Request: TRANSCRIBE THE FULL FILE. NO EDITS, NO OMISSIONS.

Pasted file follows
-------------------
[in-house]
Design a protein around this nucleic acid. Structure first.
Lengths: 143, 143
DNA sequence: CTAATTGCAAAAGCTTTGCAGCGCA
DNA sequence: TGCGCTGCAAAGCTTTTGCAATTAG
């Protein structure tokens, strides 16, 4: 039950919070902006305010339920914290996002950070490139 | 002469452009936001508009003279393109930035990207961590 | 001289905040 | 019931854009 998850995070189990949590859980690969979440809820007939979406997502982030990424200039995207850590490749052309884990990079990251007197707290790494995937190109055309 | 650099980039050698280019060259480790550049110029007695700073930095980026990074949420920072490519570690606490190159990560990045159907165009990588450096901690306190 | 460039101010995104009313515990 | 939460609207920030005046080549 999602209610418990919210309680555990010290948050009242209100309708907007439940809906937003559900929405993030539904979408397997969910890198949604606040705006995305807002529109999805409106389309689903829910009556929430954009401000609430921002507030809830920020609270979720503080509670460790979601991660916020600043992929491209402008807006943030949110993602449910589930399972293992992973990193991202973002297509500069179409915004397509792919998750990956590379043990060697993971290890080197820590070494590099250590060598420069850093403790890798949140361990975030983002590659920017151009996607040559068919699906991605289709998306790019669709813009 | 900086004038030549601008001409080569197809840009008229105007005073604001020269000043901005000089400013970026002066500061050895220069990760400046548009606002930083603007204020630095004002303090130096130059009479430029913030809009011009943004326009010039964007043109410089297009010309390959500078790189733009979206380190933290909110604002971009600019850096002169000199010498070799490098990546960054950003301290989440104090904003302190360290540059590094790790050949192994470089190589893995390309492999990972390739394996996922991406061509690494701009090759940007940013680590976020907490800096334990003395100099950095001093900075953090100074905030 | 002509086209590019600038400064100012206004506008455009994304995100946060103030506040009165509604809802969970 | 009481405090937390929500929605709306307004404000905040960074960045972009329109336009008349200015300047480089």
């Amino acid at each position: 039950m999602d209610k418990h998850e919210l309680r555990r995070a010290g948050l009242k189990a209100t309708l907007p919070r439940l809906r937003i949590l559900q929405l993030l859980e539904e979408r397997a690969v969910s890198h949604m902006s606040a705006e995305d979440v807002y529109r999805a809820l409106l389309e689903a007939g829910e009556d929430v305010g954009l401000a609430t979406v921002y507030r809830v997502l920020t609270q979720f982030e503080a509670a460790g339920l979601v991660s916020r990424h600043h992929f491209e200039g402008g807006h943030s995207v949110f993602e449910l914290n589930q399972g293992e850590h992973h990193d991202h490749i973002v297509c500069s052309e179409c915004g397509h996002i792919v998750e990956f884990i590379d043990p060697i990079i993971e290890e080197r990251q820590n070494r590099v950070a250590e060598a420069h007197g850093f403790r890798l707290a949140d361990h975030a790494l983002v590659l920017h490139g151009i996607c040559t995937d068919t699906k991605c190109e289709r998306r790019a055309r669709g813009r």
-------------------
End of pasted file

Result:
[in-house]
Design a protein around this nucleic acid. Structure first.
Lengths: 143, 143
DNA sequence: CTAATTGCAAAAGCTTTGCAGCGCA
DNA sequence: TGCGCTGCAAAGCTTTTGCAATTAG
């Protein structure tokens, strides 16, 4: 039950919070902006305010339920914290996002950070490139 | 002469452009936001508009003279393109930035990207961590 | 001289905040 | 019931854009 998850995070189990949590859980690969979440809820007939979406997502982030990424200039995207850590490749052309884990990079990251007197707290790494995937190109055309 | 650099980039050698280019060259480790550049110029007695700073930095980026990074949420920072490519570690606490190159990560990045159907165009990588450096901690306190 | 460039101010995104009313515990 | 939460609207920030005046080549 999602209610418990919210309680555990010290948050009242209100309708907007439940809906937003559900929405993030539904979408397997969910890198949604606040705006995305807002529109999805409106389309689903829910009556929430954009401000609430921002507030809830920020609270979720503080509670460790979601991660916020600043992929491209402008807006943030949110993602449910589930399972293992992973990193991202973002297509500069179409915004397509792919998750990956590379043990060697993971290890080197820590070494590099250590060598420069850093403790890798949140361990975030983002590659920017151009996607040559068919699906991605289709998306790019669709813009 | 900086004038030549601008001409080569197809840009008229105007005073604001020269000043901005000089400013970026002066500061050895220069990760400046548009606002930083603007204020630095004002303090130096130059009479430029913030809009011009943004326009010039964007043109410089297009010309390959500078790189733009979206380190933290909110604002971009600019850096002169000199010498070799490098990546960054950003301290989440104090904003302190360290540059590094790790050949192994470089190589893995390309492999990972390739394996996922991406061509690494701009090759940007940013680590976020907490800096334990003395100099950095001093900075953090100074905030 | 002509086209590019600038400064100012206004506008455009994304995100946060103030506040009165509604809802969970 | 009481405090937390929500929605709306307004404000905040960074960045972009329109336009008349200015300047480089």
């Amino acid at each position: 039950m999602d209610k418990h998850e919210l309680r555990r995070a010290g948050l009242k189990a209100t309708l907007p919070r439940l809906r937003i949590l559900q929405l993030l859980e539904e979408r397997a690969v969910s890198h949604m902006s606040a705006e995305d979440v807002y529109r999805a809820l409106l389309e689903a007939g829910e009556d929430v305010g954009l401000a609430t979406v921002y507030r809830v997502l920020t609270q979720f982030e503080a509670a460790g339920l979601v991660s916020r990424h600043h992929f491209e200039g402008g807006h943030s995207v949110f993602e449910l914290n589930q399972g293992e850590h992973h990193d991202h490749i973002v297509c500069s052309e179409c915004g397509h996002i792919v998750e990956f884990i590379d043990p060697i990079i993971e290890e080197r990251q820590n070494r590099v950070a250590e060598a420069h007197g850093f403790r890798l707290a949140d361990h975030a790494l983002v590659l920017h490139g151009i996607c040559t995937d068919t699906k991605c190109e289709r998306r790019a055309r669709g813009r």